Fig.1 shows the quenching pathway of the previous and this studies on phase diagram of water. In closed batch systems, the pressure and the temperature were changed gradually during cooling process (pattern A) [3]. In other previous works that simulates hydrothermal vents, the hydrothermal fluid was kept at high pressure during cooling and then was depressurized. The pathway was shown as pattern B [1,2,4,5].
      Shock previously reported that the thermodynamic equilibrium of condensation/ hydrolysis reactions between glycine (Gly) and diglycine (Gly2) would shift to the dehydration condensation as the temperature increased [6]. This report suggests that rapid quenching, that is non-equilibrium thermodynamics system, could avoid hydrolysis of the oligomers that had already been synthesized under hydrothermal conditions.
      Now we designed a novel hydrothermal flow reactor with adiabatic expansion cooling, which was thought to be one of the most rapid quenching methods [7]. After aqueous solutions of monomers were treated at high temperature and pressure, they were released into the atmosphere through an orifice to be depressurized and cooled down simultaneously with the Joule-Thomson effect shown as pattern A in Fig. 1 [8,9]. The Joule-Thomson effect is a process in which the temperature of a fluid is decreased below the Joule-Thomson inversion temperature by letting the fluid expand adiabatically. When a fluid suddenly expands from a high pressure to a low pressure, there is often a temperature change following the Joule-Thomson coefficients (µJP = ΔT/Δp), because the hydrothermal fluid must do external work against the ambient air to consume thermal energy. Using the flow reactor, we have demonstrated oligomerization of glycine up to decamer (Gly10), which have never been yielded with any other quenching methods. In this paper, the efficiency of rapid quenching methods such as adiabatic expansion will be discussed in prebiotic synthesis of hydrolysable compounds including biopolymers.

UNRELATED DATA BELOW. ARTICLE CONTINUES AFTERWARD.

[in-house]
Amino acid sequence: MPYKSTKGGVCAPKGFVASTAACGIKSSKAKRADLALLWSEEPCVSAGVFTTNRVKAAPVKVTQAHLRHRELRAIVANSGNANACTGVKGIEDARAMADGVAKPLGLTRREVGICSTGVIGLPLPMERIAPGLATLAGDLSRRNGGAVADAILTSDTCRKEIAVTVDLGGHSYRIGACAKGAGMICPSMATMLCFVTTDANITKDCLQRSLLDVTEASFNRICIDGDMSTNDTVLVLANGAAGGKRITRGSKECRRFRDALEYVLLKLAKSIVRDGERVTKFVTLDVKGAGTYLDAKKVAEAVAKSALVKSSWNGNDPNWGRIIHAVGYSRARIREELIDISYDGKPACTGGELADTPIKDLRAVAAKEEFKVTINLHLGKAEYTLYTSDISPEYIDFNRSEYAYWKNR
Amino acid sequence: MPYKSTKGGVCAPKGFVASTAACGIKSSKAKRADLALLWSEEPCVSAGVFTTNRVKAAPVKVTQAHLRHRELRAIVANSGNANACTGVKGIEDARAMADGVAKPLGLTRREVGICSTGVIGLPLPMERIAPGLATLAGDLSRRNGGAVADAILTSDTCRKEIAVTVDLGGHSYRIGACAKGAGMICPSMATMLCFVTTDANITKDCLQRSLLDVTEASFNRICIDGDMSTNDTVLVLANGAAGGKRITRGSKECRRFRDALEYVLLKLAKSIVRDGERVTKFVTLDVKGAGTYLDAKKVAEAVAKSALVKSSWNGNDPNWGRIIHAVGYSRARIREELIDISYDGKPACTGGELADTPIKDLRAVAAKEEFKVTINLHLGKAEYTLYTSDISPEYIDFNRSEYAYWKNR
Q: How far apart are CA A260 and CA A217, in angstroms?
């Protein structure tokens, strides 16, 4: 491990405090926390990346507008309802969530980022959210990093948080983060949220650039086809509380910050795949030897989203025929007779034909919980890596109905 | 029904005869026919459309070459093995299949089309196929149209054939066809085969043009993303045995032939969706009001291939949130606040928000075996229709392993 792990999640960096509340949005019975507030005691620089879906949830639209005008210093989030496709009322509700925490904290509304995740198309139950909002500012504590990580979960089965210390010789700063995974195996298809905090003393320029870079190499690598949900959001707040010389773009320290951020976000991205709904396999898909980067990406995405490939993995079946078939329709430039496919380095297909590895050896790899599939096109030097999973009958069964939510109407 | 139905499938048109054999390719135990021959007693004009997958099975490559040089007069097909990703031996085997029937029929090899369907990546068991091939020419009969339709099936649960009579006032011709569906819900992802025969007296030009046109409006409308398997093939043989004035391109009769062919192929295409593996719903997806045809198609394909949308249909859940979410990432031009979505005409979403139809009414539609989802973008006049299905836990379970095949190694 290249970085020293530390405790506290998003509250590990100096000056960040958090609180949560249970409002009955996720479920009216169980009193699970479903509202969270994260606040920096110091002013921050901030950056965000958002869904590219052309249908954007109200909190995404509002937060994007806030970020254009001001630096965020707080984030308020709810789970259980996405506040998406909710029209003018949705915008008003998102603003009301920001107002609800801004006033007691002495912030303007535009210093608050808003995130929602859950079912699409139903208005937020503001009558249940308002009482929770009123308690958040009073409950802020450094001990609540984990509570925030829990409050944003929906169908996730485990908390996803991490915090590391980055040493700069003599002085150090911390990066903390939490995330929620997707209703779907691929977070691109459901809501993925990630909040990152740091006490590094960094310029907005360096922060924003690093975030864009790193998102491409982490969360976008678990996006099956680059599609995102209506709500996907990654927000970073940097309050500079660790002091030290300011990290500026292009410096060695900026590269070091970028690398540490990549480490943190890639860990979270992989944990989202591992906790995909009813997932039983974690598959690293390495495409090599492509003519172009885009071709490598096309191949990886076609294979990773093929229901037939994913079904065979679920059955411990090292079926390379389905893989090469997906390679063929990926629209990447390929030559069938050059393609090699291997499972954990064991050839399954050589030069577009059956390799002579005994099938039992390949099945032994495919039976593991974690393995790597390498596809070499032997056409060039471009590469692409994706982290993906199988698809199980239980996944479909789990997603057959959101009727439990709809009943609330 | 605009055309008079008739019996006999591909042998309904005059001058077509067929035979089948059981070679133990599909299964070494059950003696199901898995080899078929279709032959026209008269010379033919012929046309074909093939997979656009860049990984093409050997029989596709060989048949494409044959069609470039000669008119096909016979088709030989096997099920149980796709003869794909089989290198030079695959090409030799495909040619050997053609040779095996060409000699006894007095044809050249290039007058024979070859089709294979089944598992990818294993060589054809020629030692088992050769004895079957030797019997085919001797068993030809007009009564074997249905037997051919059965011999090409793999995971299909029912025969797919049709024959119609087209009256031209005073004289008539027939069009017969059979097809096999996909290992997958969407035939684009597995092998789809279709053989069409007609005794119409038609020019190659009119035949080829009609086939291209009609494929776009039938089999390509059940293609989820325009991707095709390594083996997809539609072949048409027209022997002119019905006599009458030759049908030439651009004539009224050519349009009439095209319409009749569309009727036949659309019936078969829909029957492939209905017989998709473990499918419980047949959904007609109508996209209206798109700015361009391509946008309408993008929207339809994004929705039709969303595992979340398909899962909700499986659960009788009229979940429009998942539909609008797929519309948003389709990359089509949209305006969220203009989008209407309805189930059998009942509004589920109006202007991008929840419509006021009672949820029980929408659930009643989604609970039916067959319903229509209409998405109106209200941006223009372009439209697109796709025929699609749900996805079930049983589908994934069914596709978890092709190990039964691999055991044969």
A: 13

Fig. 1. Schematic quenching pathways on phase diagram of water. (A) Temperature decreases with pressure, and (B) Temperature decreases with keeping pressure.

Materials & Methods

Glycine and diglycine was purchased from Wako Pure Chemical Industries, Ltd. (Osaka, Japan). Distilled water was purchased from Gibco BRL and Kozakai Seiyaku Co., Ltd. As authentic samples for LC, diglycine and glycine anhydride (diketopiperazine) were purchased from Wako Pure Chemical Industries, Ltd., tri-, tetra-, penta- and hexaglycines were from Sigma, and hepta- and octaglycines were supplied as a custom synthesis from Invitrogen Co.